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A memorable tale of adventure on the turbulent seas of the Great Southern and Atlantic oceanson one of the most historic voyages of our timefinds its way into paperback. This is William F. Stark's engrossing memoir of the last leg of the Grain Race, and the Pamir's rounding of fearsome Cape Hornthe storm-tossed tip of South America just 600 miles from Antarcticathe veritable Mount Everest of sailing. In 1949, the crew of thirty-four sailors from around the world experienced the shipboard life of the seventeenth century on a four-masted vessel that carried hundreds of acres of sail. In 128 days the Pamir journeyed 16,000 miles from Port Victoria, Australia, to Falmouth, England, through the world's stormiest seas, as Stark worked on decks awash with huge swells, and scrambled up ice-coated rigging to manhandle sails on masts that were up to twenty stories high. Contrasting romance with the realities of life at sea, and poignantly evoking the love affair he left behind to join the Pamir, while punctuating his tale with illuminating photos, maps, and details of maritime history, Stark has written a thrilling book that climaxes the fabled era begun by Cape Horn merchant sailors more than three centuries ago.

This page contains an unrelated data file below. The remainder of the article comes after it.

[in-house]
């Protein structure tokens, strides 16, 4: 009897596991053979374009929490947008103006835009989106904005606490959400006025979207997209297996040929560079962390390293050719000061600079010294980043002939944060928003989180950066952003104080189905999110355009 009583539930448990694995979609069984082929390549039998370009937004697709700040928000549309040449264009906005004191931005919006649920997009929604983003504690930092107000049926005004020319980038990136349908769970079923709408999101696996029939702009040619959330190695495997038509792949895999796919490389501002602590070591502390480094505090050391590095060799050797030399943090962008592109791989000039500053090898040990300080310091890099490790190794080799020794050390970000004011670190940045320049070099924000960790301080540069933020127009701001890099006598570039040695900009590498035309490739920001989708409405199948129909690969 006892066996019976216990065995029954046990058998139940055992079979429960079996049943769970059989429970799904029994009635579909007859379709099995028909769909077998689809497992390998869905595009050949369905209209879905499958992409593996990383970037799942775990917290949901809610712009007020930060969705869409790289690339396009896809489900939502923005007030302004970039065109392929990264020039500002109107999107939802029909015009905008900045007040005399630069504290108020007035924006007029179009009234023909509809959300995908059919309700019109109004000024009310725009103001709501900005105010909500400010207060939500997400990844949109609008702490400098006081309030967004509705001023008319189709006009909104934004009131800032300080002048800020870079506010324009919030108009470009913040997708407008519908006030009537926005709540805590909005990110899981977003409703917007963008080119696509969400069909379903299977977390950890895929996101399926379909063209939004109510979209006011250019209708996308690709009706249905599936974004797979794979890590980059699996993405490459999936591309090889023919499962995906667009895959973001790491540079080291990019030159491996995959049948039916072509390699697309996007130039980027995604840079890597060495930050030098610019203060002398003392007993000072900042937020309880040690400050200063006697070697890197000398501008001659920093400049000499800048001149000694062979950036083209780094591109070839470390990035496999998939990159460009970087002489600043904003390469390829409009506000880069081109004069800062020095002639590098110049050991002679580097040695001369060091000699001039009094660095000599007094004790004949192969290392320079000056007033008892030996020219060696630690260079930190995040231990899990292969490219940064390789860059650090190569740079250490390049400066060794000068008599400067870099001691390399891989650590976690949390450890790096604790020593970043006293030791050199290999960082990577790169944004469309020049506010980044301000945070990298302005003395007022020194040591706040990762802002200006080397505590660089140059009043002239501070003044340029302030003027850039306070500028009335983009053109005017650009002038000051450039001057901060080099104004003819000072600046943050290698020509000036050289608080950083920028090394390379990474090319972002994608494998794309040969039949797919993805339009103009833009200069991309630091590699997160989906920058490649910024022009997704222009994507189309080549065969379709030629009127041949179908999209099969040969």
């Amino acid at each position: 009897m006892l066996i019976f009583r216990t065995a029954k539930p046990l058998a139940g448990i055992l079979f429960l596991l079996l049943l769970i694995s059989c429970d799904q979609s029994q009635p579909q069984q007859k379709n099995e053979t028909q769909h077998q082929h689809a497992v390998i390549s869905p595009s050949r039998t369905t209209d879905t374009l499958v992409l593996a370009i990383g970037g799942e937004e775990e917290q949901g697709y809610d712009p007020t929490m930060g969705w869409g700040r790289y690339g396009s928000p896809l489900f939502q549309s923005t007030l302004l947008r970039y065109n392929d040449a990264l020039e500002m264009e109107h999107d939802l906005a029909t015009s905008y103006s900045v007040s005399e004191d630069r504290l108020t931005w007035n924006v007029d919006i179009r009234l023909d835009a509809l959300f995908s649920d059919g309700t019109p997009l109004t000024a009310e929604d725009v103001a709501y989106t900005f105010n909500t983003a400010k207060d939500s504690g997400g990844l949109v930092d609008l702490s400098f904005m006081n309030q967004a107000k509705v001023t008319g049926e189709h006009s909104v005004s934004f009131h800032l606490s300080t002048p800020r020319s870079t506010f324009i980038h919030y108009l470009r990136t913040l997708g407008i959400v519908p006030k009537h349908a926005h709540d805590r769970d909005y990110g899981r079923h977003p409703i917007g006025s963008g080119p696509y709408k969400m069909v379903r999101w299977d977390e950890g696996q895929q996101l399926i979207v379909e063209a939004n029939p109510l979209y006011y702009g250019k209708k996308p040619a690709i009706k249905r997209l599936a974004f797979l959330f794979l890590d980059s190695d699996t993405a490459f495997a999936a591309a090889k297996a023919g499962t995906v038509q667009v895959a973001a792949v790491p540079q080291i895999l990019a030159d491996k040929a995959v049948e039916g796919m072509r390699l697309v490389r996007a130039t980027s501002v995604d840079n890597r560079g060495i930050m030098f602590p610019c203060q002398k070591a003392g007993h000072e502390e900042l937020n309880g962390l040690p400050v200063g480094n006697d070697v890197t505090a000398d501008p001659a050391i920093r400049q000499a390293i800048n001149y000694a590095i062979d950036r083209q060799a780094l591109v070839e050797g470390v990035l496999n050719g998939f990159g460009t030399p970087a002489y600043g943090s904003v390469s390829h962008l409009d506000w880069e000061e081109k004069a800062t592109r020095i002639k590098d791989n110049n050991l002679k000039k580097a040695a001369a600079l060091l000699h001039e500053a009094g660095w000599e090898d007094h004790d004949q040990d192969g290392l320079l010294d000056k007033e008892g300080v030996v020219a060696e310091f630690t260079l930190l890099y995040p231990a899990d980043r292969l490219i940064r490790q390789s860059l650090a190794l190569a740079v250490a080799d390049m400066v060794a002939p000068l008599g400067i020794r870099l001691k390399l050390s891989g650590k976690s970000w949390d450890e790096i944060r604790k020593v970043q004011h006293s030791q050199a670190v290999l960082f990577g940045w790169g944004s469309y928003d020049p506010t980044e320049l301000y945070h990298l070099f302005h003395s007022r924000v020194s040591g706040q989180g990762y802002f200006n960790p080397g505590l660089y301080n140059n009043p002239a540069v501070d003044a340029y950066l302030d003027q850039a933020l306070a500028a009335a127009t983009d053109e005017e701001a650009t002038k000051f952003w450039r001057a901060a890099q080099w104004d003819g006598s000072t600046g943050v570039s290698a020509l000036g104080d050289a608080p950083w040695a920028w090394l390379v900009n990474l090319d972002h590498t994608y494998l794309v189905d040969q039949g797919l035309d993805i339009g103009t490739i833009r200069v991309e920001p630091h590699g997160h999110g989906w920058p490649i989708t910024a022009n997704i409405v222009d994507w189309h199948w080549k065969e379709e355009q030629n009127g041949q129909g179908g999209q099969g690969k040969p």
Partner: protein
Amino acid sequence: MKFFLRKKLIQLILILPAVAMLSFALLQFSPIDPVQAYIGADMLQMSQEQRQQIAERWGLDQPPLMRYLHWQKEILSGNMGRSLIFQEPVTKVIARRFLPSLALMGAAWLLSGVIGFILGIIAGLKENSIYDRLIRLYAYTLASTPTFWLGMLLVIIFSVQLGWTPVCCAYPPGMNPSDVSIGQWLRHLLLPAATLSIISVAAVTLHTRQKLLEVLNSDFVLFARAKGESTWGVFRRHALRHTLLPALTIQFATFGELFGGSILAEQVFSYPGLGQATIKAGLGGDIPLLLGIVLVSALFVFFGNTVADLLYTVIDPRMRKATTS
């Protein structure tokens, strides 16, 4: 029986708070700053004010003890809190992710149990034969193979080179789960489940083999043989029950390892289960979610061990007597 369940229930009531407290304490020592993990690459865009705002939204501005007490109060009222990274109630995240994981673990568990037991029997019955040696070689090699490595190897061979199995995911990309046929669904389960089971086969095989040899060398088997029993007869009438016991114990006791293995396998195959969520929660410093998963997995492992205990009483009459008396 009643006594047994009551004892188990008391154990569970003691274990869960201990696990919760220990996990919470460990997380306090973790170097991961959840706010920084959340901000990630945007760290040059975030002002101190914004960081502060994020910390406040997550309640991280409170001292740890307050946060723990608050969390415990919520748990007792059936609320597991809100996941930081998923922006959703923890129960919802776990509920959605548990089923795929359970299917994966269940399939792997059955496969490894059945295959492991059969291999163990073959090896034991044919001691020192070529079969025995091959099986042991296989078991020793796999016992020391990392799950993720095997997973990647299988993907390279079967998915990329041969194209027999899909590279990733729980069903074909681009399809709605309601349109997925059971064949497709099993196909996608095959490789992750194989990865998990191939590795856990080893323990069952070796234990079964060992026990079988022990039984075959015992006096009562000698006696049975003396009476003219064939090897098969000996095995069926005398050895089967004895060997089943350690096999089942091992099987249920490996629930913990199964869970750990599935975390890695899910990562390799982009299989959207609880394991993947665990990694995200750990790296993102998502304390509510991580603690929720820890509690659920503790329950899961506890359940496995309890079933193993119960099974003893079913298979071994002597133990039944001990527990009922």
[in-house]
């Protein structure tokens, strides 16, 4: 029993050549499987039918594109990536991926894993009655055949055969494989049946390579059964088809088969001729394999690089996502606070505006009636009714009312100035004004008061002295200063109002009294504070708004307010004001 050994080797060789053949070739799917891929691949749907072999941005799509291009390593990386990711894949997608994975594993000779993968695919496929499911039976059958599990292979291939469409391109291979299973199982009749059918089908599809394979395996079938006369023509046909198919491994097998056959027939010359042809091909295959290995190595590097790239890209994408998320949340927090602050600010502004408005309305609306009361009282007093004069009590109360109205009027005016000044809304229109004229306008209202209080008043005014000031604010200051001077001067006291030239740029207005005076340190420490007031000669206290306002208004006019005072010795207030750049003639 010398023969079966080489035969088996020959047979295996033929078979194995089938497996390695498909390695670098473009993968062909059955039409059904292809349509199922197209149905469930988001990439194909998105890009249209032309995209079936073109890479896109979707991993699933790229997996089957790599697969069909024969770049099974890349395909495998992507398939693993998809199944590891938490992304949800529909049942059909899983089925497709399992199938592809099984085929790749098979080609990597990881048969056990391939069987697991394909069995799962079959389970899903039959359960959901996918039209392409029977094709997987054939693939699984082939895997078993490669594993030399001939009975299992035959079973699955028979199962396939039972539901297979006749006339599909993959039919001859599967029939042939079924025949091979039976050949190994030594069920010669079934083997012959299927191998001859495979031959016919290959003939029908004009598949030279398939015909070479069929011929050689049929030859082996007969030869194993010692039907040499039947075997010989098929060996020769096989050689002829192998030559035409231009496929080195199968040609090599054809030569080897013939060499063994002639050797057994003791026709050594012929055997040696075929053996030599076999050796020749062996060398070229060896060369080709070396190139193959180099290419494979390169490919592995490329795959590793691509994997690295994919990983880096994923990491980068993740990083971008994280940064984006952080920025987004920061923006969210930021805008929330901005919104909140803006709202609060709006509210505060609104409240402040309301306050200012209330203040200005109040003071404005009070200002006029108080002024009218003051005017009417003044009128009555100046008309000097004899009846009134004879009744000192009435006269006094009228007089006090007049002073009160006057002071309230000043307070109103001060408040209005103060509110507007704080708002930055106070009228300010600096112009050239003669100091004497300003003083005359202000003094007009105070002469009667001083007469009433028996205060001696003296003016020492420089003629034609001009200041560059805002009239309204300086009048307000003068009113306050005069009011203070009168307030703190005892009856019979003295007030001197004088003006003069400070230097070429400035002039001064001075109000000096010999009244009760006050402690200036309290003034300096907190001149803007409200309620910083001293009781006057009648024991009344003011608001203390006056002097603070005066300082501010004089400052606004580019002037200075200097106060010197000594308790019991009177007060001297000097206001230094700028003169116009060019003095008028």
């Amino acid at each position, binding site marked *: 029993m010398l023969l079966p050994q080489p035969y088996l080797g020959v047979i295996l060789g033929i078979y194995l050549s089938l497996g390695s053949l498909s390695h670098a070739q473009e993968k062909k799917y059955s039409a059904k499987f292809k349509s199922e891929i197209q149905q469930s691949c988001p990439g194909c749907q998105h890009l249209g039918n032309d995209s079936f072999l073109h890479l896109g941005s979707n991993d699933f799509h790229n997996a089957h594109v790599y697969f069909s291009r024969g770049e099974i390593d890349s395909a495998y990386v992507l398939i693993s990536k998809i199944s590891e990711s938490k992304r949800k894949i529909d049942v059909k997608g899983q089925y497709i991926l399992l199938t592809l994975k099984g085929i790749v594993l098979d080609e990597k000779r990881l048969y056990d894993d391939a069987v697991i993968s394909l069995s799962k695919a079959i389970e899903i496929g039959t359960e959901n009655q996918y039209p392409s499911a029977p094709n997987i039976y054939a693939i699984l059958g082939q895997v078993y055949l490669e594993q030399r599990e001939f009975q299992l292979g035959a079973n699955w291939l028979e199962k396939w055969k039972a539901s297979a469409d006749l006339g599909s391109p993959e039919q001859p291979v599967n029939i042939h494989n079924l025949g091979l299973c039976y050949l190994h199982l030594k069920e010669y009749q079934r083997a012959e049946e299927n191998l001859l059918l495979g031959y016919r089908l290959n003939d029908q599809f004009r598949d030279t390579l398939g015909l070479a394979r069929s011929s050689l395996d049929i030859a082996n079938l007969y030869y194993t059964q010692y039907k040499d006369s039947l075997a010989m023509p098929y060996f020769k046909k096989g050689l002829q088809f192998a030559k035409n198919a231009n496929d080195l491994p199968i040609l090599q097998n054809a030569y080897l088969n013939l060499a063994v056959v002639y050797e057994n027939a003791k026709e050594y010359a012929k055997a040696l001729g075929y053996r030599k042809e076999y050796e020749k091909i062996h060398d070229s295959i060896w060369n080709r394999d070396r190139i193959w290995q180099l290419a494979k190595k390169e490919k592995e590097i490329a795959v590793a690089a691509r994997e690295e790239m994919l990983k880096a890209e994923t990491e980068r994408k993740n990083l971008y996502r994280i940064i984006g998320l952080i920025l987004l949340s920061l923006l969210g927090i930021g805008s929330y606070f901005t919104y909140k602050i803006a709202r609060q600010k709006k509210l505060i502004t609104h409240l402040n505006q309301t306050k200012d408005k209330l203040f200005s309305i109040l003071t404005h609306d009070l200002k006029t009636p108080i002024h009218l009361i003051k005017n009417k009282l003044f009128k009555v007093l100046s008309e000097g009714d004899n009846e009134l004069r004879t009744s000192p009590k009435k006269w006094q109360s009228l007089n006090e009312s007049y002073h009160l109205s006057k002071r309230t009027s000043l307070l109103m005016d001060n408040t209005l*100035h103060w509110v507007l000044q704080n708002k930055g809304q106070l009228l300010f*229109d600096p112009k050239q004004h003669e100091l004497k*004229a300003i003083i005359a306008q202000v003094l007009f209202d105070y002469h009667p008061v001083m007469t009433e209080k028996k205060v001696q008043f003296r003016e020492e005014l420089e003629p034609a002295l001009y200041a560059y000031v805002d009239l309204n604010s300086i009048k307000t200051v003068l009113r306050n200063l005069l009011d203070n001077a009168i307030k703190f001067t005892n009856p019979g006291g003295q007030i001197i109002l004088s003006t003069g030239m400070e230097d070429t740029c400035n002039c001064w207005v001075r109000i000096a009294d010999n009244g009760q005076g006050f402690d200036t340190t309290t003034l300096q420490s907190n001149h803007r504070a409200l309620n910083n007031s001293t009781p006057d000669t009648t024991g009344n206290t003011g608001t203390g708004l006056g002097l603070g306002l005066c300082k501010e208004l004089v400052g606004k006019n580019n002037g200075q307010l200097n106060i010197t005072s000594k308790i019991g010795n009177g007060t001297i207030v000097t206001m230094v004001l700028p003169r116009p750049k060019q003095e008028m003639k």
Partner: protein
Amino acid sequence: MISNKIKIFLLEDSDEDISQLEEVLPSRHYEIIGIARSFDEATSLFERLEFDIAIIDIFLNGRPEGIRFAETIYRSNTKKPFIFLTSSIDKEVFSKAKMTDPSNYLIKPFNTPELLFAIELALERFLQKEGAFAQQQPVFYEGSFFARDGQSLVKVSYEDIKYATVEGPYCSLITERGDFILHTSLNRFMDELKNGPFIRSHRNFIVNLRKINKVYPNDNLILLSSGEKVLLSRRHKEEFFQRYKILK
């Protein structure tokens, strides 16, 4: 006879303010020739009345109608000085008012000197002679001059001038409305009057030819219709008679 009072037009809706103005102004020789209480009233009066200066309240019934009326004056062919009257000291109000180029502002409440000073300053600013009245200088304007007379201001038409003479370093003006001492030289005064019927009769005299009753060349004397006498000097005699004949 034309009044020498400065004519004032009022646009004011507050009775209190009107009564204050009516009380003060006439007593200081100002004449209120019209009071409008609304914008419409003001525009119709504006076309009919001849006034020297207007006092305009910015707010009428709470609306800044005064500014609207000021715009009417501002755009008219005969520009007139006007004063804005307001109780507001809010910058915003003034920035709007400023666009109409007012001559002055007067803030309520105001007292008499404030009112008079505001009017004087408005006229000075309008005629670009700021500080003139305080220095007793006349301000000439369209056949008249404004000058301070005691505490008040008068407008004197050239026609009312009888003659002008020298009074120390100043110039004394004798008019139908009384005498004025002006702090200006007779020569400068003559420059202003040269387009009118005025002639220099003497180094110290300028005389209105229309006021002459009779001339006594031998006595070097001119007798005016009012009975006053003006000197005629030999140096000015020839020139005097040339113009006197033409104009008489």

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The year 1949 marked the final journeys of commercial windjammers, huge, steel-hulled, four-masted sailboats carrying cargo halfway around the world. Stark was a sailor on the Pamir, a Finnish ship, the very last windjammer to sail commercially around Cape Horn, and lived to write this romantic tale of adventure and camaraderie tempered by grueling, dangerous work. The author, who committed suicide earlier this year at age 75 after suffering from depression, had been enthralled with ships and sailing since childhood. He first heard of the Pamir's voyage in a Zurich cafe during a year abroad as a college student in 1947. He quit school to fly to Australia to try to get a job on the ship. That trip, on a tiny, rickety charter plane, was an adventure in itself, as Stark and his seat mate, a charming Frenchwoman en route to Indonesia, were engaged in a brief but passionate affair as they braved hair-raising takeoffs and brushes with guerrilla war in Saigon. Eventually arriving at the Pamir's port, Stark spent months working on the docks, acquiring, at the last minute, a much-coveted berth on the Pamir as an Ordinary Seaman. The four-month voyage across the world's most stormy and dangerous seas, without engines or even a radio, challenged him not only with dangers like furling sails atop 200-foot-high masts in hurricane winds, but also with grinding work and sleep deprivation demanded by four-hour watches. This entertaining memoir seamlessly imparts sailing terms and ocean lore, and will enthrall all who have held romantic notions of life at sea. Maps, photos not seen by PW. (Nov.) Forecast: An article on Stark and his son appears in this month's Outside magazine, which should spark interest in the book. The work has already received praise from Ian Frazier and Revell Carr. Copyright 2003 Reed Business Information.

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